Below are some more pictured from my trip out to Amagoro. Enjoy!
Diocese of Katakwa Mission House.

The mission house.

Me with Mama Beatrice. She makes some stellar chapati!

Paul (another volunteer) and Leonard (the house boy and future marathon star).

The science lab at St. Peter's.

On the way out to the school.

On the way up to Mt. Elgon.

We stopped for tea at the Mt. Elgon Lodge

Sunday, June 16, 2013

Just Imagine

Imagine for a minute that you are 14 years old. You live with your mom and step father in a poor community in Kenya. Your step father is a drunk and and at night when he returns home he takes his drunken rage out on you. Because of this you decide that it is not safe for you to be at home so you start sleeping out in the forrest or you find friends you can stay with. This angers your step father more, which in turn angers your mother. They decide they no longer want to deal with you so they take you to court and wrongfully accuse you of stealing money and being disobedient. It is your word against 2 adults. The court system finds you guilty as a minor and ships you off to a remand center for a sentence of 2 years. The intent is that YOU will be rehabilitated from behaviors that you did not exhibit to start with, while your mother and step father continue living just as they were.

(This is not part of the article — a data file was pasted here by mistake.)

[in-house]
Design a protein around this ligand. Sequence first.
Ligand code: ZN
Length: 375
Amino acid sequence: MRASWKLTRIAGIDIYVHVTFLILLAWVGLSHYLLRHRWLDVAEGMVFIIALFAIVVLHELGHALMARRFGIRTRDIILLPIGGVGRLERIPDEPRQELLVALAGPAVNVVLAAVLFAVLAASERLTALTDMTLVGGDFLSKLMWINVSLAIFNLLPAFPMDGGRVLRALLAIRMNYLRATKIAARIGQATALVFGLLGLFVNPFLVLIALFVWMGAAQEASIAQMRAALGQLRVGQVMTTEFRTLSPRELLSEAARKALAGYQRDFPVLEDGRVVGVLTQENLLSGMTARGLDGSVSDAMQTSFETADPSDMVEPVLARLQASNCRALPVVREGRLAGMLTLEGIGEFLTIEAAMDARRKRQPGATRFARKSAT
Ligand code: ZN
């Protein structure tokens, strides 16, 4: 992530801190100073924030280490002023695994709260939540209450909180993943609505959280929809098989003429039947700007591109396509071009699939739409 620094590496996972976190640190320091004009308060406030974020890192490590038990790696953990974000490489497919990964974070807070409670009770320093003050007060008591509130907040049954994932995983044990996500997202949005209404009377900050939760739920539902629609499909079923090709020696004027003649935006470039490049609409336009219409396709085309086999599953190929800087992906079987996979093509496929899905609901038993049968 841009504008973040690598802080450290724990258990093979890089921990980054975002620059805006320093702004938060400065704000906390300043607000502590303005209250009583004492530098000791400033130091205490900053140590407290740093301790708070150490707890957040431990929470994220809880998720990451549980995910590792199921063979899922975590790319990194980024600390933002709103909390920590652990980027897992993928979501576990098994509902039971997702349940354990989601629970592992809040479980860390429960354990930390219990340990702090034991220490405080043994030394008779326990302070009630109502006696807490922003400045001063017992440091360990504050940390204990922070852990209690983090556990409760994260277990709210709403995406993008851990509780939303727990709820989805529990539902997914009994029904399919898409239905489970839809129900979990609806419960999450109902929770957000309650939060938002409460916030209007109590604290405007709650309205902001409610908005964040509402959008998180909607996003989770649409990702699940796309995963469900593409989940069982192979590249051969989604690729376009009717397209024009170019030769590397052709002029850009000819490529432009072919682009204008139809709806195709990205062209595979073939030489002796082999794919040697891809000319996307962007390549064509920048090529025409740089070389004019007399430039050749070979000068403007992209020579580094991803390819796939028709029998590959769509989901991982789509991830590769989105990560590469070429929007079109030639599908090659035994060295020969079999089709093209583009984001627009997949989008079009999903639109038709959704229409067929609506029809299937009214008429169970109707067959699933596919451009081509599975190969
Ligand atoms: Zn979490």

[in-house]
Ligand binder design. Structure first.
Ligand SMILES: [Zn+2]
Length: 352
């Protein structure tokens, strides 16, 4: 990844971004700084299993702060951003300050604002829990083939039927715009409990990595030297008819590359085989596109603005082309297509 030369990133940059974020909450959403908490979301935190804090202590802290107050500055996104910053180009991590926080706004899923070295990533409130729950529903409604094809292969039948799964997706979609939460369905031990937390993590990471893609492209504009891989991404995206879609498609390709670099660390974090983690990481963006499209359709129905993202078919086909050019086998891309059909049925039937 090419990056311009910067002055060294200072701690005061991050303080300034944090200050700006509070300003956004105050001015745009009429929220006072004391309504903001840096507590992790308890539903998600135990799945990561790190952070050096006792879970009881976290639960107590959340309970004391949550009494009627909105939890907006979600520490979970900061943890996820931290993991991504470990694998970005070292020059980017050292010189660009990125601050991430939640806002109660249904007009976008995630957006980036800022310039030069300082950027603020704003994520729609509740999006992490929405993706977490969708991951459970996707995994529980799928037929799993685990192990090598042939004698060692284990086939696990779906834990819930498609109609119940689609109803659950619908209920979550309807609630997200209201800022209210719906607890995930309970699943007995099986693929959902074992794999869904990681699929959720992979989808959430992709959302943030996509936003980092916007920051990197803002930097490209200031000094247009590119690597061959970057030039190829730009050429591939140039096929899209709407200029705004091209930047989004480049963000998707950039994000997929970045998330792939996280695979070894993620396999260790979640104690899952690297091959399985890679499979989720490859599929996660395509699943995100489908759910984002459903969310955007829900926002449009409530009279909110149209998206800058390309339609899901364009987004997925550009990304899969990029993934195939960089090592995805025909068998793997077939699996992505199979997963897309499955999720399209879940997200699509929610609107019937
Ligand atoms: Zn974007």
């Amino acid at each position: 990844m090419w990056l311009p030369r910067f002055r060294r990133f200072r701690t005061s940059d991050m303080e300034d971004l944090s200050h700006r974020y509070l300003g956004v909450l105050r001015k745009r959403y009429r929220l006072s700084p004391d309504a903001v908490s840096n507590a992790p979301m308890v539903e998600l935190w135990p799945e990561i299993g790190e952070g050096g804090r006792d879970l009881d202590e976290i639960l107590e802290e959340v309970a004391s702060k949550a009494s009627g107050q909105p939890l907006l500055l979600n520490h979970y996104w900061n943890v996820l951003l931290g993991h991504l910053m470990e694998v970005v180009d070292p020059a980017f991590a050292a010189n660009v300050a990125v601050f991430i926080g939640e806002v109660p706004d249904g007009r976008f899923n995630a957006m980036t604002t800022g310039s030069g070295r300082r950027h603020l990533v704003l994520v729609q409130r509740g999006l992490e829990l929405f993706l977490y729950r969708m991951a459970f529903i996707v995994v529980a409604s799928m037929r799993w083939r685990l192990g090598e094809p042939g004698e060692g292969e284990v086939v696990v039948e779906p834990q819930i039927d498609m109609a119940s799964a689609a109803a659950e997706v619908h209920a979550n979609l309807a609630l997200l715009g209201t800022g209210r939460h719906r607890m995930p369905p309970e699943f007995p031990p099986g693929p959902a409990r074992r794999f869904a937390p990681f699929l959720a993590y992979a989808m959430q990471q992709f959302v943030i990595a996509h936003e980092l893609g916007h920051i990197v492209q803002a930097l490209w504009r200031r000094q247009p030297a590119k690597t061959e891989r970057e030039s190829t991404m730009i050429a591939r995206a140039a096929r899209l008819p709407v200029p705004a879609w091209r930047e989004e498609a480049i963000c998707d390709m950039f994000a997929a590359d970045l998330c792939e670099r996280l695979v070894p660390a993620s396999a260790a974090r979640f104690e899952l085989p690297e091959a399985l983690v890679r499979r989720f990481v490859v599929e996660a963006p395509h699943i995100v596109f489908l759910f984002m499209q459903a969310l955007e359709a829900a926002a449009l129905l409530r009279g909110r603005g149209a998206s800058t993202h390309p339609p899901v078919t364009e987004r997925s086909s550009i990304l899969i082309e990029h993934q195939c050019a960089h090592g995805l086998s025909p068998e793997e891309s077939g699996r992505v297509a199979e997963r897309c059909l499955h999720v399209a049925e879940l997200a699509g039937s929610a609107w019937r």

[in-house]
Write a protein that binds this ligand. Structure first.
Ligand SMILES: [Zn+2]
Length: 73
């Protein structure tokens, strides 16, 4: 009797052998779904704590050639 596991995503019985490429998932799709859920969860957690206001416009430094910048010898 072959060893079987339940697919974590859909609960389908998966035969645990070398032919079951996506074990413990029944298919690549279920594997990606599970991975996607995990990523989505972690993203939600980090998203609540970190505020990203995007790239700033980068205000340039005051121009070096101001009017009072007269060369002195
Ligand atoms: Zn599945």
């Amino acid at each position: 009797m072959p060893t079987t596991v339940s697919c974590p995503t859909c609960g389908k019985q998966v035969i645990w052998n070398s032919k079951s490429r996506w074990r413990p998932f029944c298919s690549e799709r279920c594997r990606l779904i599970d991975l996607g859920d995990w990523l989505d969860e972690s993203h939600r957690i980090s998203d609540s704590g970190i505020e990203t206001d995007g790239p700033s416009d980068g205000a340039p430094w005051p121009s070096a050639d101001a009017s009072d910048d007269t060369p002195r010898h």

Now your 2 years is over and you are sent home. Here's the kicker- you get home to find everyone in your family gone with no explanation. Eventually you get a hold of an uncle who is now taking care of you little brother and sister, but will not take you in. He will give you no information about your parents. You have no idea whether they are dead or alive. You are now 16. What do you do? The government has no luck tracking down your family so you are just sent back to the remand center for an unknown amount of time feeling hopeless, unwanted, unloved, bitter and lost.